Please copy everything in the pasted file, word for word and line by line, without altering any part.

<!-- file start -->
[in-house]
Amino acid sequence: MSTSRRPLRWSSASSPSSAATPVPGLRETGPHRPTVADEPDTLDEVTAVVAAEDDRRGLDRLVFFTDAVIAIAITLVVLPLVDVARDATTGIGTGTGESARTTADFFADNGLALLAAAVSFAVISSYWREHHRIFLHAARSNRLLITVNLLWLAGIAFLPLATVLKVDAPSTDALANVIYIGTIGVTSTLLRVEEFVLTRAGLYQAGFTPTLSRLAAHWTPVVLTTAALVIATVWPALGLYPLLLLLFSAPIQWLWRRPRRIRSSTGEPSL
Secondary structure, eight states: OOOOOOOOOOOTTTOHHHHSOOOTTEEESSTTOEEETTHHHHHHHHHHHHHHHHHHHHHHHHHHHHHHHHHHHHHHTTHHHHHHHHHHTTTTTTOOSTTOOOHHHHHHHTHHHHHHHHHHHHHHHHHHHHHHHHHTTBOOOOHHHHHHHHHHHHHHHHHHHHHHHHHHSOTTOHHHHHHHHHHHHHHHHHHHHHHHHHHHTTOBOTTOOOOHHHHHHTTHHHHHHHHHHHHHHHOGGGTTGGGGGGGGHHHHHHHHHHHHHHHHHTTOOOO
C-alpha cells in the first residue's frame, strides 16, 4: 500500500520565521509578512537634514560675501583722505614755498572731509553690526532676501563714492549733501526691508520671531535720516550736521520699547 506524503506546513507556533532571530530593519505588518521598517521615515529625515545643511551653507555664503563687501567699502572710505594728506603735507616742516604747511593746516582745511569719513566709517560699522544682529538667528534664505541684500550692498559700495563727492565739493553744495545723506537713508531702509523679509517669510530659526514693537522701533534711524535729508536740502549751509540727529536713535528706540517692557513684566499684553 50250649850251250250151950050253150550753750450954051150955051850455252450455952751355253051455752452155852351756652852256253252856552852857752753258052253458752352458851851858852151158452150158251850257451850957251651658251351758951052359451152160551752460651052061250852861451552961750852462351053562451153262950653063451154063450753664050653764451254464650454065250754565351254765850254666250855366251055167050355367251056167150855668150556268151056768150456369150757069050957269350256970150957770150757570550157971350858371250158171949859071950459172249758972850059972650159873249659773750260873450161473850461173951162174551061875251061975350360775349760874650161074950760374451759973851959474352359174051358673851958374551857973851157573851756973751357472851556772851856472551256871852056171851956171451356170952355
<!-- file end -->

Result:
[in-house]
Amino acid sequence: MSTSRRPLRWSSASSPSSAATPVPGLRETGPHRPTVADEPDTLDEVTAVVAAEDDRRGLDRLVFFTDAVIAIAITLVVLPLVDVARDATTGIGTGTGESARTTADFFADNGLALLAAAVSFAVISSYWREHHRIFLHAARSNRLLITVNLLWLAGIAFLPLATVLKVDAPSTDALANVIYIGTIGVTSTLLRVEEFVLTRAGLYQAGFTPTLSRLAAHWTPVVLTTAALVIATVWPALGLYPLLLLLFSAPIQWLWRRPRRIRSSTGEPSL
Secondary structure, eight states: OOOOOOOOOOOTTTOHHHHSOOOTTEEESSTTOEEETTHHHHHHHHHHHHHHHHHHHHHHHHHHHHHHHHHHHHHHTTHHHHHHHHHHTTTTTTOOSTTOOOHHHHHHHTHHHHHHHHHHHHHHHHHHHHHHHHHTTBOOOOHHHHHHHHHHHHHHHHHHHHHHHHHHSOTTOHHHHHHHHHHHHHHHHHHHHHHHHHHHTTOBOTTOOOOHHHHHHTTHHHHHHHHHHHHHHHOGGGTTGGGGGGGGHHHHHHHHHHHHHHHHHTTOOOO
C-alpha cells in the first residue's frame, strides 16, 4: 500500500520565521509578512537634514560675501583722505614755498572731509553690526532676501563714492549733501526691508520671531535720516550736521520699547 506524503506546513507556533532571530530593519505588518521598517521615515529625515545643511551653507555664503563687501567699502572710505594728506603735507616742516604747511593746516582745511569719513566709517560699522544682529538667528534664505541684500550692498559700495563727492565739493553744495545723506537713508531702509523679509517669510530659526514693537522701533534711524535729508536740502549751509540727529536713535528706540517692557513684566499684553 50250649850251250250151950050253150550753750450954051150955051850455252450455952751355253051455752452155852351756652852256253252856552852857752753258052253458752352458851851858852151158452150158251850257451850957251651658251351758951052359451152160551752460651052061250852861451552961750852462351053562451153262950653063451154063450753664050653764451254464650454065250754565351254765850254666250855366251055167050355367251056167150855668150556268151056768150456369150757069050957269350256970150957770150757570550157971350858371250158171949859071950459172249758972850059972650159873249659773750260873450161473850461173951162174551061875251061975350360775349760874650161074950760374451759973851959474352359174051358673851958374551857973851157573851756973751357472851556772851856472551256871852056171851956171451356170952355